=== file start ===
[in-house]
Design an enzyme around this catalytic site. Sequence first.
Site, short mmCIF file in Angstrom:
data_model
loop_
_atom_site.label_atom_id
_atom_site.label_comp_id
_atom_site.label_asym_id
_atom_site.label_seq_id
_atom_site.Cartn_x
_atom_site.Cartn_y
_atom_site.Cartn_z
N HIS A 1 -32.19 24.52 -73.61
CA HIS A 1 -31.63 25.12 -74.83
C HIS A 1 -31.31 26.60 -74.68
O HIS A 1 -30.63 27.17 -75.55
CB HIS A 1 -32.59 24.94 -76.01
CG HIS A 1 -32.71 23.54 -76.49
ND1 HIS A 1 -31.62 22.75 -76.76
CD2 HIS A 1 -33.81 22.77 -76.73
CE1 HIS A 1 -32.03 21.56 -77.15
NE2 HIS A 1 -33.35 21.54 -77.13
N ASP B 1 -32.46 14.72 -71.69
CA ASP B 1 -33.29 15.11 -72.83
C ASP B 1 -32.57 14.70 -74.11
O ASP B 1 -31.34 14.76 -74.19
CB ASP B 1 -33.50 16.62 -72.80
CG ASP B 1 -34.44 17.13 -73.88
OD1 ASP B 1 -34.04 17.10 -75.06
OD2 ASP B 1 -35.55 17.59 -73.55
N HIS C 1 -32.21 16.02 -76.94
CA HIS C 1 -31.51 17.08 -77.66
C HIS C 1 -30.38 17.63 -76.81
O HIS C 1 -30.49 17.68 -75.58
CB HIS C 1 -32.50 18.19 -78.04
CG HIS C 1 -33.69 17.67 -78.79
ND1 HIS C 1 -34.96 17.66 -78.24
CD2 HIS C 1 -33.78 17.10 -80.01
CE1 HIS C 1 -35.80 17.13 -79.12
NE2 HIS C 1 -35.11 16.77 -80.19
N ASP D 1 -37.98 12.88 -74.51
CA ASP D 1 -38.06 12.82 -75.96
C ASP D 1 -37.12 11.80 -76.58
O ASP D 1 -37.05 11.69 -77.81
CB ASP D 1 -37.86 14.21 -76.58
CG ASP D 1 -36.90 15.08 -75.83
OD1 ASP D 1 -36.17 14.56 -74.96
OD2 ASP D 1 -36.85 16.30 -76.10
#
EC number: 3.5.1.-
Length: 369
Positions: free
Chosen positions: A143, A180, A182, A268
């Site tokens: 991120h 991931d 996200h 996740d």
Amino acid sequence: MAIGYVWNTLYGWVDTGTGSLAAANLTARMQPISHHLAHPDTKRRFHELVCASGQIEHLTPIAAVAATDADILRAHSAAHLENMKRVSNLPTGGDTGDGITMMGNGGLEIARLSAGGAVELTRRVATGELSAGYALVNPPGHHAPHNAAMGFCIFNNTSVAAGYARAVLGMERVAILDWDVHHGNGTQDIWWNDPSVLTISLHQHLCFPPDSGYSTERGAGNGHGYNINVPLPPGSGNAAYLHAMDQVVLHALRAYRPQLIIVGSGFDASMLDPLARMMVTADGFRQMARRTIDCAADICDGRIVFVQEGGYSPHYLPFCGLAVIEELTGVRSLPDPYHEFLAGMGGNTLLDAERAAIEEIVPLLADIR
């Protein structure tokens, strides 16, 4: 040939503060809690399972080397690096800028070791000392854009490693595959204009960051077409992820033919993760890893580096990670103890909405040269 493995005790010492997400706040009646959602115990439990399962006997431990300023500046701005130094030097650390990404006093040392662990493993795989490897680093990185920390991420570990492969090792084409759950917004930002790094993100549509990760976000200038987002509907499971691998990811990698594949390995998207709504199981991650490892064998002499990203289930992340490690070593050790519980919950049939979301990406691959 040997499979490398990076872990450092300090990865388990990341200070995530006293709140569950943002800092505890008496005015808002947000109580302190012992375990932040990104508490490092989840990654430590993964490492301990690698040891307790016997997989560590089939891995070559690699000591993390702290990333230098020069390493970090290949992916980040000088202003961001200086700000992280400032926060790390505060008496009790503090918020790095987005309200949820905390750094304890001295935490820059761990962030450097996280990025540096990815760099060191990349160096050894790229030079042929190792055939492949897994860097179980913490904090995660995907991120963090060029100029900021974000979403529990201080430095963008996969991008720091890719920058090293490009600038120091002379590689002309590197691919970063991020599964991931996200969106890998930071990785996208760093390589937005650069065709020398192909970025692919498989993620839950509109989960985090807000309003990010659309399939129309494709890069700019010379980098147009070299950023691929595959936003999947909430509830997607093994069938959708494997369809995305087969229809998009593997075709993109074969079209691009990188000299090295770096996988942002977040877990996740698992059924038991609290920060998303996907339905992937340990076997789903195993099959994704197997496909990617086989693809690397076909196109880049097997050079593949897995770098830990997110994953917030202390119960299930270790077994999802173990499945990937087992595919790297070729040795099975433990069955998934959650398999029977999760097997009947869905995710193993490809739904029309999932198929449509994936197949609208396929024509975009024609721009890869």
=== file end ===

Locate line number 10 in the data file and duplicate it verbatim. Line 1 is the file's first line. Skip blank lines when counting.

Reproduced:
_atom_site.Cartn_x